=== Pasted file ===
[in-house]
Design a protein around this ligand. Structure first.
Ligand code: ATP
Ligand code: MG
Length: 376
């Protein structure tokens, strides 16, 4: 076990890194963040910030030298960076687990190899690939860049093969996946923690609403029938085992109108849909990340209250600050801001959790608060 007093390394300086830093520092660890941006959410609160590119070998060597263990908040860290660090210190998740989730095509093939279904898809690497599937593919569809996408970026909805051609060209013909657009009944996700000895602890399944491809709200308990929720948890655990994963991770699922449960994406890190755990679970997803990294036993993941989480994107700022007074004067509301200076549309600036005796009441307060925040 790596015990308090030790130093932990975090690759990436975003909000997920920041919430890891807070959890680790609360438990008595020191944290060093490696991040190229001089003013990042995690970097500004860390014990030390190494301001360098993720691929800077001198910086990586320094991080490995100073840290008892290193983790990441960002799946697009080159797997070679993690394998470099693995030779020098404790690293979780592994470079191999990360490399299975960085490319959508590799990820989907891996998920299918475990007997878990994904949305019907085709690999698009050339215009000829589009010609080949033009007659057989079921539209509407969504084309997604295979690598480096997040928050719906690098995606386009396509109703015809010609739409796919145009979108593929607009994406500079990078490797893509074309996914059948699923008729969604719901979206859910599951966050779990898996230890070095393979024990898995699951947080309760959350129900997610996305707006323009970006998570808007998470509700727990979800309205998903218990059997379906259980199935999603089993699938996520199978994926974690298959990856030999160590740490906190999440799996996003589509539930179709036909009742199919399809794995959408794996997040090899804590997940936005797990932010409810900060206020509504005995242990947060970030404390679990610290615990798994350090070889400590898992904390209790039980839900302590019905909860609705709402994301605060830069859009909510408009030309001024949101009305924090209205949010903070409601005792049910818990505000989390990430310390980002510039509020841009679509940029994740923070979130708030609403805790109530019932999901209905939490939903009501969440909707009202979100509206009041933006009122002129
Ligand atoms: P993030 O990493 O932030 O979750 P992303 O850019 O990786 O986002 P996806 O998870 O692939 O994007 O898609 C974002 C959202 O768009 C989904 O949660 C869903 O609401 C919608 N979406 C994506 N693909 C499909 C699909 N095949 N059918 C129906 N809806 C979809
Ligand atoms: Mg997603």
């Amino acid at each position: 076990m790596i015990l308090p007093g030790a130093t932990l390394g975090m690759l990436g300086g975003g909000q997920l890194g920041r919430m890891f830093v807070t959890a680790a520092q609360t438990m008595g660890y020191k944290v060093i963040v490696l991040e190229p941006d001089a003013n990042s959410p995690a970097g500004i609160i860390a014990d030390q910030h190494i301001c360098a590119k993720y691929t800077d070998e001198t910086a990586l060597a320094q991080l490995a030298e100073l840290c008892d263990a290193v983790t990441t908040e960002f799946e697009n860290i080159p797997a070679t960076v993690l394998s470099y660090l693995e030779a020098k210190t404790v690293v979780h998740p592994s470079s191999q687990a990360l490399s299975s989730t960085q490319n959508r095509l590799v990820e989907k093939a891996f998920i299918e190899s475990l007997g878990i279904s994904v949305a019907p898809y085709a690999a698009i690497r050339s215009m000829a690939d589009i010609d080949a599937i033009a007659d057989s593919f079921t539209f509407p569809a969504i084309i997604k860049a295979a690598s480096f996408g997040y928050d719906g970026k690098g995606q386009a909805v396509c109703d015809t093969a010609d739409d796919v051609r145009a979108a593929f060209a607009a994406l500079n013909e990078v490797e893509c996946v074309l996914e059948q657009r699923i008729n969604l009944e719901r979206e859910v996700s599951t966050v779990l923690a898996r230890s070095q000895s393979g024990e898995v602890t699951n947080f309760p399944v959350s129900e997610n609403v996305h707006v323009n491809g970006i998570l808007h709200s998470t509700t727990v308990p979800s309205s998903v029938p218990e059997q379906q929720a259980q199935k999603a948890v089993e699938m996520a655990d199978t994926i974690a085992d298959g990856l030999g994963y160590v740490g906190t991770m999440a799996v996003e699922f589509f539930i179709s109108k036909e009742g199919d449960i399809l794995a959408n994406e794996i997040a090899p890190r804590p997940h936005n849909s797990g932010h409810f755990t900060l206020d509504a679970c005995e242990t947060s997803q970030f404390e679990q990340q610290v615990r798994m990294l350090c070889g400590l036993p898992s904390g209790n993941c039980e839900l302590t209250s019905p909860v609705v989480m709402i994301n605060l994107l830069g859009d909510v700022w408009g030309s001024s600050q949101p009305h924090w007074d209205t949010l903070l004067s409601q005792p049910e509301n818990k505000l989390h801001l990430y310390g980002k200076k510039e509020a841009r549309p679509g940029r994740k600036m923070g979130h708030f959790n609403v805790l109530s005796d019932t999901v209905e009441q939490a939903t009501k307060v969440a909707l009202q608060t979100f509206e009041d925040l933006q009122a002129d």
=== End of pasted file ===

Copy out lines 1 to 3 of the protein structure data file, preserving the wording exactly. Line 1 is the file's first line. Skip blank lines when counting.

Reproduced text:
[in-house]
Design a protein around this ligand. Structure first.
Ligand code: ATP